Consumption of carbohydrates increases blood sugar levels to varying degrees, depending on the type of food ingested. The more highly refined the carbohydrate, the higher its score on the glycemic index (GI) scale. James E. Gangwisch, from Columbia University (New York, USA), and colleagues analyzed the dietary glycemic index, glycemic load, types of carbohydrates consumed, and depression for 69.954 postmenopausal women enrolled in the Women's Health Initiative Observational Study between 1994 and 1998. The team found that progressively higher dietary GI scores and consumption of added sugars and refined grains associated with increased risk of new-onset depression. In contrast, greater consumption of dietary fiber, whole grains, vegetables and non-juice fruits associated with decreased risk. The study authors write that: “The results from this study suggest that high-[glycemic index] diets could be a risk factor for depression in postmenopausal women. Randomized trials should be undertaken to examine the question of whether diets rich in low-[glycemic index] foods could serve as treatments and primary preventive measures for depression in postmenopausal women.”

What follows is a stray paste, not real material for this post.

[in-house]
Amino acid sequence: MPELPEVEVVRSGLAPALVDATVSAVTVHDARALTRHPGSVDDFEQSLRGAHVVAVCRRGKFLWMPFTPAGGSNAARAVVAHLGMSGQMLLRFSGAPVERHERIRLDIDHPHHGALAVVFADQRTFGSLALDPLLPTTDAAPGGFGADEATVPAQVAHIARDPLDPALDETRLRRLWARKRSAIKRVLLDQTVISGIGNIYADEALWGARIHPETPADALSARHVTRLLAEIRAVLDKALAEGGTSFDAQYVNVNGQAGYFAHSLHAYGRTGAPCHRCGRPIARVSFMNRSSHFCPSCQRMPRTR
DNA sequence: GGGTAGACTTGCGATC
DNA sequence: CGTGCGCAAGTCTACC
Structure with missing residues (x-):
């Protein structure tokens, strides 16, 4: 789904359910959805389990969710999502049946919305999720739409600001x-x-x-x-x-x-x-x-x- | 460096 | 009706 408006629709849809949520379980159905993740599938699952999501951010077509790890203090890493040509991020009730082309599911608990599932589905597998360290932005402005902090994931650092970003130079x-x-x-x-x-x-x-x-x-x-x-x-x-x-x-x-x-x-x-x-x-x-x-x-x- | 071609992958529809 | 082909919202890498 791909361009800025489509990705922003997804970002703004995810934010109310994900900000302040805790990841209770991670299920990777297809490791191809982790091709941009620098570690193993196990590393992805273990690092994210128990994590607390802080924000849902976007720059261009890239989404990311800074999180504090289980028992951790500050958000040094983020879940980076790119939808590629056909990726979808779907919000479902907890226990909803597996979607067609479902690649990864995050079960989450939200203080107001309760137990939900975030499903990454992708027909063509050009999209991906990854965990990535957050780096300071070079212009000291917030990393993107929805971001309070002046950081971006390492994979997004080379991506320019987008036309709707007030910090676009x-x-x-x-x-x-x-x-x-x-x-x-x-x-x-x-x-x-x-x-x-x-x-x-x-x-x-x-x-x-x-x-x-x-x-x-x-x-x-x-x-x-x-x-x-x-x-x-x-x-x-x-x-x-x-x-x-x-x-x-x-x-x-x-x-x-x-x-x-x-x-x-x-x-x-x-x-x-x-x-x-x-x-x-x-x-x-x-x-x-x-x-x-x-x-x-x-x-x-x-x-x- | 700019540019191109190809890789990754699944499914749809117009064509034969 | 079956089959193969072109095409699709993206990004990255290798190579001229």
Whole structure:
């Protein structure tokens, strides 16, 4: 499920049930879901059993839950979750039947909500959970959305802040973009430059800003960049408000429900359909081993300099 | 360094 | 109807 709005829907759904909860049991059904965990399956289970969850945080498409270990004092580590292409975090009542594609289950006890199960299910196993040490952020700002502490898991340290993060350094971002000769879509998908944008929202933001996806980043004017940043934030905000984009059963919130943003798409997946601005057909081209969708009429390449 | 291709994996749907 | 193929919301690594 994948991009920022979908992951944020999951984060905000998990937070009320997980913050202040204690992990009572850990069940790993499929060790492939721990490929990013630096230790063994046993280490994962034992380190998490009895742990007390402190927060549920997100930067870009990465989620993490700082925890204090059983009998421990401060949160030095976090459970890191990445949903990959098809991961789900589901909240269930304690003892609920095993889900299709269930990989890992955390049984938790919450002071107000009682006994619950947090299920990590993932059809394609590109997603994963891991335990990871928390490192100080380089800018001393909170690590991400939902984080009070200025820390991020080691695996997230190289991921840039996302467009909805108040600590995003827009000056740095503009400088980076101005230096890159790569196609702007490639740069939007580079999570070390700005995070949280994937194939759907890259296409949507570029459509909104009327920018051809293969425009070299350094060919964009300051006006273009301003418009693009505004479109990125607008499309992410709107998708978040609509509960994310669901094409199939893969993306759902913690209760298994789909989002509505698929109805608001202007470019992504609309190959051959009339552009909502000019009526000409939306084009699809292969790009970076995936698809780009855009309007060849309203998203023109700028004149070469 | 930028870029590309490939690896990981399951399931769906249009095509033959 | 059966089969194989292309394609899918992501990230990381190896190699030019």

James E. Gangwisch, Lauren Hale, Lorena Garcia, Dolores Malaspina, Mark G. Opler, Martha E. Payne, Rebecca C. Rossom, and Dorothy Lane. "High Glycemic Index Diet as a Risk Factor for Depression: Analyses from the Women's Health Initiative." Am J Clin Nutr., 2015 Aug;102(2):454-63.